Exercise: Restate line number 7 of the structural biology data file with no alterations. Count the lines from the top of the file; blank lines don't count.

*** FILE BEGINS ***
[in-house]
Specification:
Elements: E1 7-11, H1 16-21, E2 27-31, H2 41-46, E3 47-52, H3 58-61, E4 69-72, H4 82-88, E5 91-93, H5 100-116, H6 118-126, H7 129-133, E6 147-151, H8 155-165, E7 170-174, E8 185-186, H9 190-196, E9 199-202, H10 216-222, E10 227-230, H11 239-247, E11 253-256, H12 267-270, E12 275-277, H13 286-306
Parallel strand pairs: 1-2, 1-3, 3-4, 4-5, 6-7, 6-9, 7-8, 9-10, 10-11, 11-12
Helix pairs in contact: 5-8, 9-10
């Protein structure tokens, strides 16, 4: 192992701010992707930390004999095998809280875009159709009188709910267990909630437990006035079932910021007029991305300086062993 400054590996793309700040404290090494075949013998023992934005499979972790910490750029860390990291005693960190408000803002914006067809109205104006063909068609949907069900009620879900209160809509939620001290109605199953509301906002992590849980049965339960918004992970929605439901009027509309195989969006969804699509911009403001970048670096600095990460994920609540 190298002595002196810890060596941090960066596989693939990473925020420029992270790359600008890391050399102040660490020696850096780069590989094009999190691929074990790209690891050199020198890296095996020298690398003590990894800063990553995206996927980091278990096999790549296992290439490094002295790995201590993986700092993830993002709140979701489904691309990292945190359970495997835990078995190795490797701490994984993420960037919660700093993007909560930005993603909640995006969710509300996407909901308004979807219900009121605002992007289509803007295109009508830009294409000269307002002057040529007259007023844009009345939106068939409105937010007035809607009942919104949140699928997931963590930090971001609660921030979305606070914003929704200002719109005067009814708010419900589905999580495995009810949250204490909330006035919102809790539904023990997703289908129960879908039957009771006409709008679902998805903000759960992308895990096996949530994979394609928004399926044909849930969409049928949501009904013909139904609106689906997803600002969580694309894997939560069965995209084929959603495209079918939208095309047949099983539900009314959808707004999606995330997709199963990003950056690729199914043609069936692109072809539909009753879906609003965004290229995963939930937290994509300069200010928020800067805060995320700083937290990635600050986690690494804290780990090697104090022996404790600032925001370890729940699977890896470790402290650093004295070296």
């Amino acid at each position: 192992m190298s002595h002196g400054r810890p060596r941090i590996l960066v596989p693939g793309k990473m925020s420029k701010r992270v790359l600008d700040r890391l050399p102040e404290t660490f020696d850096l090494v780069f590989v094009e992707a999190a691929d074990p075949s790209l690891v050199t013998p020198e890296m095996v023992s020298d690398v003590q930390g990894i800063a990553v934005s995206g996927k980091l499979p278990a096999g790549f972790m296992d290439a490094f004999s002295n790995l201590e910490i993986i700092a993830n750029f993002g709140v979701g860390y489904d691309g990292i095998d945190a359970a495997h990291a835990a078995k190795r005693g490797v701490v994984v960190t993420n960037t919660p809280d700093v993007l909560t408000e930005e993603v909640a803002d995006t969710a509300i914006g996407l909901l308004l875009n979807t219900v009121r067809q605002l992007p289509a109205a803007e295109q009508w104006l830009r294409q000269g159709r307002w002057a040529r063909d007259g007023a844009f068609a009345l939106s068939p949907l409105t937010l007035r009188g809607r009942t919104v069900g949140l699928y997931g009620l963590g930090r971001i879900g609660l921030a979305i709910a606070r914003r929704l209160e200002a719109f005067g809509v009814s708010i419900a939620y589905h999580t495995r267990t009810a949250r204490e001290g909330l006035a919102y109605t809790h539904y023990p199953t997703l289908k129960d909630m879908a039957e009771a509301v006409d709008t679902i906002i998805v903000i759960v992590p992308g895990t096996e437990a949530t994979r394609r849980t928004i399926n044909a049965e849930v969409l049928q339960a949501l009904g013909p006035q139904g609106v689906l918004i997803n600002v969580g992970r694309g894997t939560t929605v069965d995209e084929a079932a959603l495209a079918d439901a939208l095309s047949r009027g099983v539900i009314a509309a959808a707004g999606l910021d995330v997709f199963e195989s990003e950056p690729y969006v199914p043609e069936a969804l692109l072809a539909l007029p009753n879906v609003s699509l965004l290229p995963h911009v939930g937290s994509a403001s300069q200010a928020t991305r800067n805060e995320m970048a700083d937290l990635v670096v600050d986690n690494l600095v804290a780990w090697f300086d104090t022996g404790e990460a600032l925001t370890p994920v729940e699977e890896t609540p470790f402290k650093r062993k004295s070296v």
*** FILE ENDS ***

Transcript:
């Amino acid at each position: 192992m190298s002595h002196g400054r810890p060596r941090i590996l960066v596989p693939g793309k990473m925020s420029k701010r992270v790359l600008d700040r890391l050399p102040e404290t660490f020696d850096l090494v780069f590989v094009e992707a999190a691929d074990p075949s790209l690891v050199t013998p020198e890296m095996v023992s020298d690398v003590q930390g990894i800063a990553v934005s995206g996927k980091l499979p278990a096999g790549f972790m296992d290439a490094f004999s002295n790995l201590e910490i993986i700092a993830n750029f993002g709140v979701g860390y489904d691309g990292i095998d945190a359970a495997h990291a835990a078995k190795r005693g490797v701490v994984v960190t993420n960037t919660p809280d700093v993007l909560t408000e930005e993603v909640a803002d995006t969710a509300i914006g996407l909901l308004l875009n979807t219900v009121r067809q605002l992007p289509a109205a803007e295109q009508w104006l830009r294409q000269g159709r307002w002057a040529r063909d007259g007023a844009f068609a009345l939106s068939p949907l409105t937010l007035r009188g809607r009942t919104v069900g949140l699928y997931g009620l963590g930090r971001i879900g609660l921030a979305i709910a606070r914003r929704l209160e200002a719109f005067g809509v009814s708010i419900a939620y589905h999580t495995r267990t009810a949250r204490e001290g909330l006035a919102y109605t809790h539904y023990p199953t997703l289908k129960d909630m879908a039957e009771a509301v006409d709008t679902i906002i998805v903000i759960v992590p992308g895990t096996e437990a949530t994979r394609r849980t928004i399926n044909a049965e849930v969409l049928q339960a949501l009904g013909p006035q139904g609106v689906l918004i997803n600002v969580g992970r694309g894997t939560t929605v069965d995209e084929a079932a959603l495209a079918d439901a939208l095309s047949r009027g099983v539900i009314a509309a959808a707004g999606l910021d995330v997709f199963e195989s990003e950056p690729y969006v199914p043609e069936a969804l692109l072809a539909l007029p009753n879906v609003s699509l965004l290229p995963h911009v939930g937290s994509a403001s300069q200010a928020t991305r800067n805060e995320m970048a700083d937290l990635v670096v600050d986690n690494l600095v804290a780990w090697f300086d104090t022996g404790e990460a600032l925001t370890p994920v729940e699977e890896t609540p470790f402290k650093r062993k004295s070296v």